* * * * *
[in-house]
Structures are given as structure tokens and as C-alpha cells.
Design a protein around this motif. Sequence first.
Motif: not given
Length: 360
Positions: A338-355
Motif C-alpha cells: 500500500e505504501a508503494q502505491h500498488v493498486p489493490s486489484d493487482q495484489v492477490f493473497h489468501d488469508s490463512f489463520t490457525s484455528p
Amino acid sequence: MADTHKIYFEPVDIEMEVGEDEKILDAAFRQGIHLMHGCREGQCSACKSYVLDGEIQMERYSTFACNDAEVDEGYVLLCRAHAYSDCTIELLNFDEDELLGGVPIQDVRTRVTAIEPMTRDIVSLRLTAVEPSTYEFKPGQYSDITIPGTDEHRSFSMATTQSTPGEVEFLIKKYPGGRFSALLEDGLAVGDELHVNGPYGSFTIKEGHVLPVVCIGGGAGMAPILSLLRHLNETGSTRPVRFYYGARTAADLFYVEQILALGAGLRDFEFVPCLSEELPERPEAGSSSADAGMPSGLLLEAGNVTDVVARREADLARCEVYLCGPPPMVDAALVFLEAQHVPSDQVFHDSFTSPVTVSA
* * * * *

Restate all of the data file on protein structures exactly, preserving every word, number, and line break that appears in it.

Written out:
[in-house]
Structures are given as structure tokens and as C-alpha cells.
Design a protein around this motif. Sequence first.
Motif: not given
Length: 360
Positions: A338-355
Motif C-alpha cells: 500500500e505504501a508503494q502505491h500498488v493498486p489493490s486489484d493487482q495484489v492477490f493473497h489468501d488469508s490463512f489463520t490457525s484455528p
Amino acid sequence: MADTHKIYFEPVDIEMEVGEDEKILDAAFRQGIHLMHGCREGQCSACKSYVLDGEIQMERYSTFACNDAEVDEGYVLLCRAHAYSDCTIELLNFDEDELLGGVPIQDVRTRVTAIEPMTRDIVSLRLTAVEPSTYEFKPGQYSDITIPGTDEHRSFSMATTQSTPGEVEFLIKKYPGGRFSALLEDGLAVGDELHVNGPYGSFTIKEGHVLPVVCIGGGAGMAPILSLLRHLNETGSTRPVRFYYGARTAADLFYVEQILALGAGLRDFEFVPCLSEELPERPEAGSSSADAGMPSGLLLEAGNVTDVVARREADLARCEVYLCGPPPMVDAALVFLEAQHVPSDQVFHDSFTSPVTVSA